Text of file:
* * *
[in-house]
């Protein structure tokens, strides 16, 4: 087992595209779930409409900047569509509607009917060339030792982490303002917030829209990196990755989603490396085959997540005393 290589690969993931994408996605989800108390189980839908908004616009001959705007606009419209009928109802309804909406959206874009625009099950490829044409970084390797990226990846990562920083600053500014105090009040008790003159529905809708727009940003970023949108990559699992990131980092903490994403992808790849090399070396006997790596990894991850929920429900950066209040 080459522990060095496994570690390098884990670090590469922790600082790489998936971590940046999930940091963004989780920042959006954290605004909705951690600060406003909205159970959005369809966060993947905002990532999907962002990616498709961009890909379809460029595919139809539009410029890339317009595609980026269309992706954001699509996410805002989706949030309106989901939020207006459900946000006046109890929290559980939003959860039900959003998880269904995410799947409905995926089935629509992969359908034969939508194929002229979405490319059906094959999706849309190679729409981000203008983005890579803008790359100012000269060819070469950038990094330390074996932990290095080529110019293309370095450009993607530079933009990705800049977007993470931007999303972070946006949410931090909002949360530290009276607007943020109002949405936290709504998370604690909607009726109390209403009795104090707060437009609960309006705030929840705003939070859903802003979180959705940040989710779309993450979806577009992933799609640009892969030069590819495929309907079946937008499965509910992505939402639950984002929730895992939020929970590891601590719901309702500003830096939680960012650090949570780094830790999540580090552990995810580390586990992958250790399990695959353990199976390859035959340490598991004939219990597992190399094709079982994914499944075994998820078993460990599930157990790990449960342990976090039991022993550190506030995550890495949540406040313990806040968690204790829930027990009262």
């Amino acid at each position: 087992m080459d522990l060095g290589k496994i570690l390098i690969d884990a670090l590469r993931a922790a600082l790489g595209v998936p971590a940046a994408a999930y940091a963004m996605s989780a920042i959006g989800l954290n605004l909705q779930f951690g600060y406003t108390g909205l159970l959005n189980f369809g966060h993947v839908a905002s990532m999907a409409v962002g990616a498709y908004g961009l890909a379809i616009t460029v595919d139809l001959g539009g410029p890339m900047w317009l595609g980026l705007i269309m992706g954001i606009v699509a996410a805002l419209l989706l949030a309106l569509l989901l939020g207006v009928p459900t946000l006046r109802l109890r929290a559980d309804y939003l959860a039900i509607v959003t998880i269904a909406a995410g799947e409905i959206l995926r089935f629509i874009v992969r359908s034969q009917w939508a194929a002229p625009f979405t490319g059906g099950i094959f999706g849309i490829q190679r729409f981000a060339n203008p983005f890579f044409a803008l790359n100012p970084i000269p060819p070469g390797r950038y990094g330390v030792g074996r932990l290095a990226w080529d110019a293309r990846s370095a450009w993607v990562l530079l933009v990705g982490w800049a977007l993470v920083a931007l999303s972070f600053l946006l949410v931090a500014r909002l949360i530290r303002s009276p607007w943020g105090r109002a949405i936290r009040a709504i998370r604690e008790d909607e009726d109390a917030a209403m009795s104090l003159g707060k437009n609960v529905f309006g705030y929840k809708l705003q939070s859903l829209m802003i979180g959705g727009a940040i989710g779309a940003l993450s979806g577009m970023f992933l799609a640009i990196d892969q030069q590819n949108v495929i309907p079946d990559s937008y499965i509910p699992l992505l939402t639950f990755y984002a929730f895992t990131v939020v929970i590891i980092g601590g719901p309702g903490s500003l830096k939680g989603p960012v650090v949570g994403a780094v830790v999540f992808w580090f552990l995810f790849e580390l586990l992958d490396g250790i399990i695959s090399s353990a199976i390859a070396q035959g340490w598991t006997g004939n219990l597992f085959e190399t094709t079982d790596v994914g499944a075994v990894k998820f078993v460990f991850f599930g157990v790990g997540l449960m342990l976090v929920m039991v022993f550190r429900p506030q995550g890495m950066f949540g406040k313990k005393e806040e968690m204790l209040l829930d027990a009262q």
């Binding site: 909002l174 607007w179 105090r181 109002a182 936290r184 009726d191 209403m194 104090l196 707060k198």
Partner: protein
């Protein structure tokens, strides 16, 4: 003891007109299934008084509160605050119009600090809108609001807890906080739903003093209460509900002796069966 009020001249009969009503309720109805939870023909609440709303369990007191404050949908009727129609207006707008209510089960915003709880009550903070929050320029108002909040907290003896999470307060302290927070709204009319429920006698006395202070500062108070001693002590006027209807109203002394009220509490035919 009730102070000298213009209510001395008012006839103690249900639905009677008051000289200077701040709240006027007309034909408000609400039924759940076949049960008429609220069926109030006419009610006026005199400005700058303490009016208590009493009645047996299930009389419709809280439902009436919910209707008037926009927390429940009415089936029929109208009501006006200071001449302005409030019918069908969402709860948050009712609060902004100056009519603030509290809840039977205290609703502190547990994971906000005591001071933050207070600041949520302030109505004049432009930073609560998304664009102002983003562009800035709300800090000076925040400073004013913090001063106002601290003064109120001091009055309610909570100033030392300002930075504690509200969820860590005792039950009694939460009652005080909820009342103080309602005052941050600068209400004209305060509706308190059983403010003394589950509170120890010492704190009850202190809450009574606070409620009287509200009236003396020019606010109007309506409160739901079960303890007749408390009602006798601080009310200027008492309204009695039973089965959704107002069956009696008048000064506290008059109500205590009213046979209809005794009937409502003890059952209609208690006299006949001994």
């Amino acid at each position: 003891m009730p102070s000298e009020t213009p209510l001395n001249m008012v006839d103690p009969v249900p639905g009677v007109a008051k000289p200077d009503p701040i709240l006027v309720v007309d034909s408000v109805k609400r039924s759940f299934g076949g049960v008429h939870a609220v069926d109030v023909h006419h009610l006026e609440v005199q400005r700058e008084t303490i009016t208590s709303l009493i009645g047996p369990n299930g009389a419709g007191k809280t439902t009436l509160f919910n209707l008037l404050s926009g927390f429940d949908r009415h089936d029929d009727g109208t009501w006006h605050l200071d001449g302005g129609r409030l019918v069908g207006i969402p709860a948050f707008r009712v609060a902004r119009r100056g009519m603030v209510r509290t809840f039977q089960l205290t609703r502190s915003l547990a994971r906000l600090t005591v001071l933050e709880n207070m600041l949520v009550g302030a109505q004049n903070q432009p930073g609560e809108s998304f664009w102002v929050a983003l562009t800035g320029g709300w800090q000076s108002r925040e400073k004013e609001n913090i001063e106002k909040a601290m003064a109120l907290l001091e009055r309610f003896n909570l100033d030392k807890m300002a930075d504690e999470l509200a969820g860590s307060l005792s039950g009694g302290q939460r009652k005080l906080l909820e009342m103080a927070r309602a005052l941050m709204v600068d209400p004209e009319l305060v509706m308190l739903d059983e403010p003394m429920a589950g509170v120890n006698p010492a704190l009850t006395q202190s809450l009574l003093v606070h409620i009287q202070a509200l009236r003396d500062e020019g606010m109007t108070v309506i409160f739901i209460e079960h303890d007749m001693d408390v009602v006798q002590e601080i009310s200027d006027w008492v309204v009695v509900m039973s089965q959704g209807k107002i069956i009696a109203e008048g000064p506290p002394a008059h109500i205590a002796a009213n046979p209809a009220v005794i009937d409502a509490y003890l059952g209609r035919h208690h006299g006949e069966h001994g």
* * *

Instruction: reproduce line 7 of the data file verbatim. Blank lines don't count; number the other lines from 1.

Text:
């Amino acid at each position: 003891m009730p102070s000298e009020t213009p209510l001395n001249m008012v006839d103690p009969v249900p639905g009677v007109a008051k000289p200077d009503p701040i709240l006027v309720v007309d034909s408000v109805k609400r039924s759940f299934g076949g049960v008429h939870a609220v069926d109030v023909h006419h009610l006026e609440v005199q400005r700058e008084t303490i009016t208590s709303l009493i009645g047996p369990n299930g009389a419709g007191k809280t439902t009436l509160f919910n209707l008037l404050s926009g927390f429940d949908r009415h089936d029929d009727g109208t009501w006006h605050l200071d001449g302005g129609r409030l019918v069908g207006i969402p709860a948050f707008r009712v609060a902004r119009r100056g009519m603030v209510r509290t809840f039977q089960l205290t609703r502190s915003l547990a994971r906000l600090t005591v001071l933050e709880n207070m600041l949520v009550g302030a109505q004049n903070q432009p930073g609560e809108s998304f664009w102002v929050a983003l562009t800035g320029g709300w800090q000076s108002r925040e400073k004013e609001n913090i001063e106002k909040a601290m003064a109120l907290l001091e009055r309610f003896n909570l100033d030392k807890m300002a930075d504690e999470l509200a969820g860590s307060l005792s039950g009694g302290q939460r009652k005080l906080l909820e009342m103080a927070r309602a005052l941050m709204v600068d209400p004209e009319l305060v509706m308190l739903d059983e403010p003394m429920a589950g509170v120890n006698p010492a704190l009850t006395q202190s809450l009574l003093v606070h409620i009287q202070a509200l009236r003396d500062e020019g606010m109007t108070v309506i409160f739901i209460e079960h303890d007749m001693d408390v009602v006798q002590e601080i009310s200027d006027w008492v309204v009695v509900m039973s089965q959704g209807k107002i069956i009696a109203e008048g000064p506290p002394a008059h109500i205590a002796a009213n046979p209809a009220v005794i009937d409502a509490y003890l059952g209609r035919h208690h006299g006949e069966h001994g």